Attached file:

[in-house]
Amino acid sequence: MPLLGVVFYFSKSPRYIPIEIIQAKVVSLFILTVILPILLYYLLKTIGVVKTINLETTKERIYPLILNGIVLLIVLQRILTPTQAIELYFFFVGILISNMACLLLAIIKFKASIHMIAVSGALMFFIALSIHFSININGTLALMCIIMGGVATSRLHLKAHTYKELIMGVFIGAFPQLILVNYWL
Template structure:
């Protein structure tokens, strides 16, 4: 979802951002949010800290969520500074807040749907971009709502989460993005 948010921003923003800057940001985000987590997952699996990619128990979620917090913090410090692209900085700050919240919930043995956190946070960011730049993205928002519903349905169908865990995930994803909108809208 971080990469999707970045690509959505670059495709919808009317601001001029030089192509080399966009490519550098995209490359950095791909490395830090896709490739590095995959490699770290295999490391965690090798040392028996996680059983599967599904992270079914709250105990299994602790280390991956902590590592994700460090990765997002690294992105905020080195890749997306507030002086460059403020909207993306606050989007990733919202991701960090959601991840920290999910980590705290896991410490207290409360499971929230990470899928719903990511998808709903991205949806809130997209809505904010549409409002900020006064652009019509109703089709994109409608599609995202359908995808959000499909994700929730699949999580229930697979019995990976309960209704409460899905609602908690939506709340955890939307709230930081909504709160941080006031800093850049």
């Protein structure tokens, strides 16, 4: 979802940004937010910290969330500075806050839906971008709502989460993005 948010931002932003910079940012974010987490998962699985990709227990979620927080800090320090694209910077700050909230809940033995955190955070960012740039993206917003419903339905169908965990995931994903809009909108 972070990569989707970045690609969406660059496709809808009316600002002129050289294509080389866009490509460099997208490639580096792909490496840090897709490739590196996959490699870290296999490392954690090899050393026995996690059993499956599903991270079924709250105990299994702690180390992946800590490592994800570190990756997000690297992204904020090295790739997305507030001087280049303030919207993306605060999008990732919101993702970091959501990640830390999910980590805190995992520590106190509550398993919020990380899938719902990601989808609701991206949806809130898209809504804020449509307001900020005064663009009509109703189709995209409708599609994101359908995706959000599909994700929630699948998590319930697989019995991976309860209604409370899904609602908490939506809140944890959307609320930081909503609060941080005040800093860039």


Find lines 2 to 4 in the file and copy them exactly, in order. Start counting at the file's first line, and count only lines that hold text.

Amino acid sequence: MPLLGVVFYFSKSPRYIPIEIIQAKVVSLFILTVILPILLYYLLKTIGVVKTINLETTKERIYPLILNGIVLLIVLQRILTPTQAIELYFFFVGILISNMACLLLAIIKFKASIHMIAVSGALMFFIALSIHFSININGTLALMCIIMGGVATSRLHLKAHTYKELIMGVFIGAFPQLILVNYWL
Template structure:
């Protein structure tokens, strides 16, 4: 979802951002949010800290969520500074807040749907971009709502989460993005 948010921003923003800057940001985000987590997952699996990619128990979620917090913090410090692209900085700050919240919930043995956190946070960011730049993205928002519903349905169908865990995930994803909108809208 971080990469999707970045690509959505670059495709919808009317601001001029030089192509080399966009490519550098995209490359950095791909490395830090896709490739590095995959490699770290295999490391965690090798040392028996996680059983599967599904992270079914709250105990299994602790280390991956902590590592994700460090990765997002690294992105905020080195890749997306507030002086460059403020909207993306606050989007990733919202991701960090959601991840920290999910980590705290896991410490207290409360499971929230990470899928719903990511998808709903991205949806809130997209809505904010549409409002900020006064652009019509109703089709994109409608599609995202359908995808959000499909994700929730699949999580229930697979019995990976309960209704409460899905609602908690939506709340955890939307709230930081909504709160941080006031800093850049």